The Art of Sculpting – Moving Beyond the Vision

Having been in the foundry business for quite some time, I’ve come to witness a lot of failures as well as successes when it comes to sculpting. As you know, we work with some of the most renowned artists in the industry and over the years, we’ve come to realize that reproducing a sculpture is not only a meticulous process but when it comes to executing, it all comes down to the collaboration with the foundry to help you produce the vision, not interpret it. It’s about working with the artist’s vision and taking them step by painstaking step through to their final goal – an accurate reproduction of their work.

This is the reason why I decided to launch the American Fine Arts Foundry blog. From my personal journey in this business as well as years of experience working with a wide range of artists, there is a lot to be said when it comes to helping the artists move beyond their vision to create their masterpiece.  My ultimate goal in using this platform is to not only define and educate on industry best practices of sculpting but also to inspire and transform the way you move beyond the vision. This blog will be used as a sounding board to bring you all the latest trends, tips and tricks but we’ll also bring in key artists’ insights into the fold. To kick things off, I wanted to start with a topic to help you avoid the many pitfalls of sculpting with a few steps that could be the difference between a masterpiece and average art work.

How to Move Beyond the Vision:

  • The original sculpture- This is where the process starts. The artist’s original sculpture is generally made from oil or water-based clay, stone or various other materials.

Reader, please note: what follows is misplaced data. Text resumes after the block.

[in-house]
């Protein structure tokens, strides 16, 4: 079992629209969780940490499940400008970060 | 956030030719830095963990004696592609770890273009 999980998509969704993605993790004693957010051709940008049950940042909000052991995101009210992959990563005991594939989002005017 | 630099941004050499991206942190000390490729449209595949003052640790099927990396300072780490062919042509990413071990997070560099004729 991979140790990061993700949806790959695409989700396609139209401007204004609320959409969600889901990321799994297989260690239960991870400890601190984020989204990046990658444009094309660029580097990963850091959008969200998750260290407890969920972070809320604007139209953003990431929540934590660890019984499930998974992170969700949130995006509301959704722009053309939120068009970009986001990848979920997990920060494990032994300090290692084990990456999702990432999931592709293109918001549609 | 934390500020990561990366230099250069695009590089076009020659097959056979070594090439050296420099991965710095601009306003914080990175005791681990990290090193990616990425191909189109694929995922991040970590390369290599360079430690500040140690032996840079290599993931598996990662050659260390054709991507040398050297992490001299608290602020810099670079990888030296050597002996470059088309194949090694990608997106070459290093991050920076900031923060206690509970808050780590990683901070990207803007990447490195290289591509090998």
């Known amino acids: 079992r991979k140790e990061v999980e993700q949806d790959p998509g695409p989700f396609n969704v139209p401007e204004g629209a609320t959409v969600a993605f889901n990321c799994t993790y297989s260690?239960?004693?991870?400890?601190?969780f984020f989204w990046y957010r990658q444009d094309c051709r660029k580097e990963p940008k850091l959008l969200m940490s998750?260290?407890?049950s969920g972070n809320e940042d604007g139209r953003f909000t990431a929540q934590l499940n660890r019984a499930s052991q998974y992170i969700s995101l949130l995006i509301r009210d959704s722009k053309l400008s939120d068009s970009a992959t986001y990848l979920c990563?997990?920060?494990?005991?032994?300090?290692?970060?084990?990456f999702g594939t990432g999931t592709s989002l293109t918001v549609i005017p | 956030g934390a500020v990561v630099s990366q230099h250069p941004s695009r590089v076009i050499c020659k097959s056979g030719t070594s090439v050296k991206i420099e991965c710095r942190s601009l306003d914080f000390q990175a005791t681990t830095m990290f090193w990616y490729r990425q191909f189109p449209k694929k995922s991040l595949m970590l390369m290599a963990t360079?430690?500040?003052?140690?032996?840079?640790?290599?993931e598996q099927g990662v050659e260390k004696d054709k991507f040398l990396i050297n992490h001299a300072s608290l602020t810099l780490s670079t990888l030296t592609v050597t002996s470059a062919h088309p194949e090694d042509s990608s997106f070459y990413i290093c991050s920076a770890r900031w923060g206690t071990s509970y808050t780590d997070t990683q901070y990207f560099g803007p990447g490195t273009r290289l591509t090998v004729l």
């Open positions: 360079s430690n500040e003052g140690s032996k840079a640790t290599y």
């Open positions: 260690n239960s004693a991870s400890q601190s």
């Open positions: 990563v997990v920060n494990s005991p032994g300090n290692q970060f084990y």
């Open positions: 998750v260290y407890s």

• The rubber mold- The first active step the foundry takes is creating a rubber mold with a fiberglass or plaster case in order to make a hollow wax impression for the following steps. Artists are encouraged to inspect the mold prior to commencing the reproduction process.
  • The wax positive- The foundry then pours three to five coats of heated wax into the mold. Temperature and timing are essential to obtaining the proper thickness and to reflecting the original’s details.
  • Chasing and gating the wax- Wax chasing prepares the wax positive for the rest of the process. The foundry removes the imperfections and seam lines to ensure the best possible casting. Gating is the process of attaching wax rods to the wax positive, which allows the molten bronze to flow correctly and also allows air to escape.
  • The ceramic shell- The wax model is dipped in an insoluble solution and coated in sand everyday for up to two weeks.
  • Pouring the bronze-After the wax is melted from the ceramic shells, the bronze and the shells are heated.  When the temperatures are right, the metal is poured into the heated shells.
  • Chasing the metal- The artisans then remove the bronze from the ceramic shell, clean it, examine it, and weld together any parts. They then “chase” the piece to ensure that the finished detail is exactly like the original clay model.
  • The patina- Patinas are done by applying layers of oxidizing chemicals to achieve various colors, patterns and effects.

Rushing through any of these steps could result in poor castings, unhappy you, the artist, and wasted time and money.  We always encourage artists to actively participate in the process by checking the mold, the wax, the metal and the patina along the way. The more involved the artist, the better the final result. That’s why choosing an experienced foundry that you can communicate with is of utmost importance to the starting artist, since it’s a long-term relationship, akin to a marriage. The better the communication, the better the teamwork.

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